There’s just something wrong about cremating human bodies in Chamblee, some city residents say.
“I don’t think in beautiful Chamblee we want to go in this direction,” Donna McDonald said last week at a work session of the Chamblee City Council.
The Shugart family doesn’t see what all the fuss is about.
Since 1986, the family has overseen animal cremations at Deceased Pet Care, located at 4991 Peachtree Road. They simply intend to cremate human remains in the new facility they had built on the site of their old building, which was demolished.
This debate is a twist on the typical rezoning battles that have raged across DeKalb County. It’s not about fears that a big new building or shopping center will create traffic congestion and sewage issues.
This dispute addresses the evolution of Chamblee. It raises the question of how a smokestack industry that has operated without issue for 25 years can be compelled to adapt to the city’s new plans for itself as a residential community.
The Shugarts say that all they want to do is expand their cremation business. They intend to cremate human remains in a new building that they said has its city-issued certificate of occupancy. They contend that the smokestack output is miniscule and no different for humans than it is for animals.
The Shugarts brought in Steve Rohleder to explain the smokestack emissions from crematoriums. Rohleder works for the company that sold the furnace to the Shugarts.
“The cremation of a human being is no different from the cremation of a pet,” Rohleder said. “The use really isn’t different from what they’ve been using the facility for – cremating pets for 25 years.”
Eric Shugart, who helps run the business his father started in 1972, said the city knew of the plans to expand into the business of human remains. It was all included in the construction plans and variance the city approved, he said.
“I don’t see what the problem is,” Shugart said.
The problem is that crematories are not allowed in Chamblee, according to Mayor Eric Clarkson. The city’s zoning and land use provisions simply do not provide for crematories of any type to operate in the city, Clarkson said.
“The council has to decide if it’s going to be an allowable use,” Clarkson said. “Regardless of how they care to conduct business, we have to focus on whether this is an allowable use.”
The Shugarts’ lawyer said the city’s zoning code doesn’t apply to the crematory. The facility was operating before the zoning regulation was enacted, according to Louis Beltrami, an experienced land use lawyer with an office on Glenridge Drive.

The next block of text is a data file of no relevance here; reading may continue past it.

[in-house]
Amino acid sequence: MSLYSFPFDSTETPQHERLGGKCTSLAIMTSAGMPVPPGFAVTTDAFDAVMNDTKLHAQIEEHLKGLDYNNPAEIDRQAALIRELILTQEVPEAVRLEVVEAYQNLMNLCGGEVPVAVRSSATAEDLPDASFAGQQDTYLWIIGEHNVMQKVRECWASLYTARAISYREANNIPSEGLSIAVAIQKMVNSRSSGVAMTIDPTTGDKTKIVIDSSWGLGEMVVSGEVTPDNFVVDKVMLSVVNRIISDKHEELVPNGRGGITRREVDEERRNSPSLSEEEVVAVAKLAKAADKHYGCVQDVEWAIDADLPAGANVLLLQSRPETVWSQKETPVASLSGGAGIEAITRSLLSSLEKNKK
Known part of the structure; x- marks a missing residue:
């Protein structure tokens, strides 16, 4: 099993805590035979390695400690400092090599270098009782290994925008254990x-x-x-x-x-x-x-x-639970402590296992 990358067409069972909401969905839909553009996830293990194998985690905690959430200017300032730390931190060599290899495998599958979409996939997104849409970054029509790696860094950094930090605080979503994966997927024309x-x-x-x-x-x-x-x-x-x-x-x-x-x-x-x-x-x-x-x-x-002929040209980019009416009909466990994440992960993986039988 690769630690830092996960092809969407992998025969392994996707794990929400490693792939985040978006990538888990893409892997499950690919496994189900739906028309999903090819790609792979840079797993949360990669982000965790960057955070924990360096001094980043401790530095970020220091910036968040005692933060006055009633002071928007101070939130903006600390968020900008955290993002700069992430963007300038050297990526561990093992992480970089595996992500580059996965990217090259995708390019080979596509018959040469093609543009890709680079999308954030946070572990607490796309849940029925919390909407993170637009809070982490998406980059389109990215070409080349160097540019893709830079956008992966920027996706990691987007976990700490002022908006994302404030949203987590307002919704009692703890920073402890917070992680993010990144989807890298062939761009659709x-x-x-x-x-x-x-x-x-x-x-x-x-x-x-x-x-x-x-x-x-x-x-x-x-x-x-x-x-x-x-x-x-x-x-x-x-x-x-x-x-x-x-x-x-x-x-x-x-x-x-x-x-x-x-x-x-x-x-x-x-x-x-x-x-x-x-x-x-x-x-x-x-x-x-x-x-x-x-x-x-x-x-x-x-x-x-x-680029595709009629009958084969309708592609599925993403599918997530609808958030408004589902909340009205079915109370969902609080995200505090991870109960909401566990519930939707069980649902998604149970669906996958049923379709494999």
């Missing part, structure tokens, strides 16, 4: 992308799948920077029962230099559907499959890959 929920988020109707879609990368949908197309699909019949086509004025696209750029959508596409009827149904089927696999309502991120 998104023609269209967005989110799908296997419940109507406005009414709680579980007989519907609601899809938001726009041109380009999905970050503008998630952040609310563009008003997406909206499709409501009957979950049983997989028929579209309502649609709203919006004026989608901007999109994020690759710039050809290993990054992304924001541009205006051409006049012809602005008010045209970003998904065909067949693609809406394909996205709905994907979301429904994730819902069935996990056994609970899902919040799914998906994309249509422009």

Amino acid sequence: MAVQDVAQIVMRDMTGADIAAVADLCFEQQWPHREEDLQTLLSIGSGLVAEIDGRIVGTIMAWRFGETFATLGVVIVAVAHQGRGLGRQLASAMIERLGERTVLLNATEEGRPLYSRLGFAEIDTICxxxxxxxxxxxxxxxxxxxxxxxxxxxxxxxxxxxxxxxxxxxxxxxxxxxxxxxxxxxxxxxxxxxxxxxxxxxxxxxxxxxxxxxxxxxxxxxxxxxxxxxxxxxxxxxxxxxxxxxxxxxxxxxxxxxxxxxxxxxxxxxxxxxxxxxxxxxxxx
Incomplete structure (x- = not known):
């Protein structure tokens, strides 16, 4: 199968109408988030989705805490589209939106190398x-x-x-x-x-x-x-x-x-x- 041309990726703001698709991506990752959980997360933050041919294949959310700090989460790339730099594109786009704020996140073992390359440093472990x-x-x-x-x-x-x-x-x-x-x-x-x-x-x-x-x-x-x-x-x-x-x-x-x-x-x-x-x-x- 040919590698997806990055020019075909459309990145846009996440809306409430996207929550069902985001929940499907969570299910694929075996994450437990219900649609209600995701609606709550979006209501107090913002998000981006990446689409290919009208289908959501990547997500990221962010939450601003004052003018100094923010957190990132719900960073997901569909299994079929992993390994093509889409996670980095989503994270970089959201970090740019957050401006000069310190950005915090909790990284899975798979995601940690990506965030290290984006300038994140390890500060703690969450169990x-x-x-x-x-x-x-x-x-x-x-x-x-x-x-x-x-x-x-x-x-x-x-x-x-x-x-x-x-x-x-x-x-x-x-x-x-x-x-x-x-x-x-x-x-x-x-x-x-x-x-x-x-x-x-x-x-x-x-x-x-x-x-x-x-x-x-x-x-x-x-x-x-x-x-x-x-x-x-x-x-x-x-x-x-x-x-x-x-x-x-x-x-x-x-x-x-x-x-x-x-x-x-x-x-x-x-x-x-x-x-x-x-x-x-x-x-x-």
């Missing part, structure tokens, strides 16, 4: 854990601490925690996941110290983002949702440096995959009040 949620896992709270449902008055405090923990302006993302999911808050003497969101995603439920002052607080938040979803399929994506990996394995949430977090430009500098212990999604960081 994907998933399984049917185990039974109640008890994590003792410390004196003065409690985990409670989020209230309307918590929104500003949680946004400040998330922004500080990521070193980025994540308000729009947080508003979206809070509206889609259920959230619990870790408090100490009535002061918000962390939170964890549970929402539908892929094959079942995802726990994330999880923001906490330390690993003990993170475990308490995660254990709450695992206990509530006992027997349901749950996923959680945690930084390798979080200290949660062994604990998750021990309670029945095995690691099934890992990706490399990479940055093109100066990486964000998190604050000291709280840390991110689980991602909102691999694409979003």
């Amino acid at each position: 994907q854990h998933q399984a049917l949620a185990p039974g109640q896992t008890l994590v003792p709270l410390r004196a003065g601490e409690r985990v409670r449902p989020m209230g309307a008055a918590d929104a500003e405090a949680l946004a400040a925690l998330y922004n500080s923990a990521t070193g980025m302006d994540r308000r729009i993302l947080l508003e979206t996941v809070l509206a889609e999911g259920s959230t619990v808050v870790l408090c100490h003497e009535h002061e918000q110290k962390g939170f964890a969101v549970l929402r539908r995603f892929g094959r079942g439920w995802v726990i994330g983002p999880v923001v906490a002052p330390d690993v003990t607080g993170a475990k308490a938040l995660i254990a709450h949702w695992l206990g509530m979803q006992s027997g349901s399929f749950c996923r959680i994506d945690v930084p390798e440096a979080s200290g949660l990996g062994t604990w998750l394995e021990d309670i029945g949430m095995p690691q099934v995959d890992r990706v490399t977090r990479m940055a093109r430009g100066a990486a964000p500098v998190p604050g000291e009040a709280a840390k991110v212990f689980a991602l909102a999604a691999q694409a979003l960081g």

“Legally, it’s a non-conforming use,” Beltrami said. “It was grandfathered in when the city adopted its zoning ordinance.”
Clarkson said the city has no next step to take unless Shugart submits a rezoning application. Such a rezoning proposal would follow the normal course through public hearings to council consideration and action.
Beltrami, the lawyer, said the family is considering its next options.
Councilman Mark Wedge drew attention to the planned human crematory in the catchy first sentence of an email he sent out to alert residents of the facility: “How would you like to have a human crematorium less than a half a mile from your home?”
Wedge’s email helped attract a crowd of about 25 people to the council’s work session. About 10 of them spoke, most of them in opposition to the idea of cremating humans in Chamblee.
“You have a lot of undeveloped property within a few hundred feet of location that should be taken into consideration,” John Bradford said.
“You’re never going to get nice condos, restaurants or facilities such as that across the street from a human crematory,” Bradford said. “I think it would be a detriment for the city to allow it.”
Dee Bradford-Smith was so adamant that she took the podium twice to make her opposition known.
“This fellow has cremated two of my cats and did a beautiful service for me,” Bradford-Smith said.
“My mother is 85, and I wouldn’t cremate my mother here and stay in Chamblee,” Bradford-Smith said. “I also have cremated a fiancé. It’s just a very different thing from cremating cats.”
Charles Rudd said the size of the turn-out at the work session could make one think something big was up for consideration. He doesn’t think a human crematory is a big deal.
“There are so many folks here you’d think we have a Wal-Mart coming in,” Rudd said from the podium.
Rudd said after the meeting that he supports Shugarts’ plan to cremate human remains.
“He runs a clean operation,” Rudd said. “Let him run it and let the living keep the $5,000 in funeral costs.”
By David Pendered